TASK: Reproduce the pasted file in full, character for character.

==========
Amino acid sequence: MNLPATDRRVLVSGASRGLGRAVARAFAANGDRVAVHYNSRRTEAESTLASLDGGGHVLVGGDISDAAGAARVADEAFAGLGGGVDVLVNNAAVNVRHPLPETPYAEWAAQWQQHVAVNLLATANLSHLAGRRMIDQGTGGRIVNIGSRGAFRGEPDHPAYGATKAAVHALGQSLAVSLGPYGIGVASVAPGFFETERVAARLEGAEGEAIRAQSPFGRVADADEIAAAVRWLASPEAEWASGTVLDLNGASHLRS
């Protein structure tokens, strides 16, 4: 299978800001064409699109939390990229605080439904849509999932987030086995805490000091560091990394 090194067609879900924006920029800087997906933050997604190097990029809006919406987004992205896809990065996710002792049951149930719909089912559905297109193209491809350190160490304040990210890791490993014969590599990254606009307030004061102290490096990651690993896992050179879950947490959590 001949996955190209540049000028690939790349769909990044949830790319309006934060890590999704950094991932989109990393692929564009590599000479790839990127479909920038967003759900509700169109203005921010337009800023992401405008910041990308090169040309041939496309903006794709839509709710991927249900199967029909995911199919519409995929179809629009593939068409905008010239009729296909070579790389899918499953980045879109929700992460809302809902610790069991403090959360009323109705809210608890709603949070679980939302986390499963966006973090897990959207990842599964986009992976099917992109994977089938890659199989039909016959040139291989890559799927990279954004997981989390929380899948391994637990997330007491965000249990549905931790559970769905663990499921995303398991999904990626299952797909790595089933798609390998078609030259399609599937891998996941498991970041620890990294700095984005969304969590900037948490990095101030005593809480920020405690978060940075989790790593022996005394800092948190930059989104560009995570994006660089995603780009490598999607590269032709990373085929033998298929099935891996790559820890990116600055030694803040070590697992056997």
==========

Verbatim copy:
Amino acid sequence: MNLPATDRRVLVSGASRGLGRAVARAFAANGDRVAVHYNSRRTEAESTLASLDGGGHVLVGGDISDAAGAARVADEAFAGLGGGVDVLVNNAAVNVRHPLPETPYAEWAAQWQQHVAVNLLATANLSHLAGRRMIDQGTGGRIVNIGSRGAFRGEPDHPAYGATKAAVHALGQSLAVSLGPYGIGVASVAPGFFETERVAARLEGAEGEAIRAQSPFGRVADADEIAAAVRWLASPEAEWASGTVLDLNGASHLRS
């Protein structure tokens, strides 16, 4: 299978800001064409699109939390990229605080439904849509999932987030086995805490000091560091990394 090194067609879900924006920029800087997906933050997604190097990029809006919406987004992205896809990065996710002792049951149930719909089912559905297109193209491809350190160490304040990210890791490993014969590599990254606009307030004061102290490096990651690993896992050179879950947490959590 001949996955190209540049000028690939790349769909990044949830790319309006934060890590999704950094991932989109990393692929564009590599000479790839990127479909920038967003759900509700169109203005921010337009800023992401405008910041990308090169040309041939496309903006794709839509709710991927249900199967029909995911199919519409995929179809629009593939068409905008010239009729296909070579790389899918499953980045879109929700992460809302809902610790069991403090959360009323109705809210608890709603949070679980939302986390499963966006973090897990959207990842599964986009992976099917992109994977089938890659199989039909016959040139291989890559799927990279954004997981989390929380899948391994637990997330007491965000249990549905931790559970769905663990499921995303398991999904990626299952797909790595089933798609390998078609030259399609599937891998996941498991970041620890990294700095984005969304969590900037948490990095101030005593809480920020405690978060940075989790790593022996005394800092948190930059989104560009995570994006660089995603780009490598999607590269032709990373085929033998298929099935891996790559820890990116600055030694803040070590697992056997």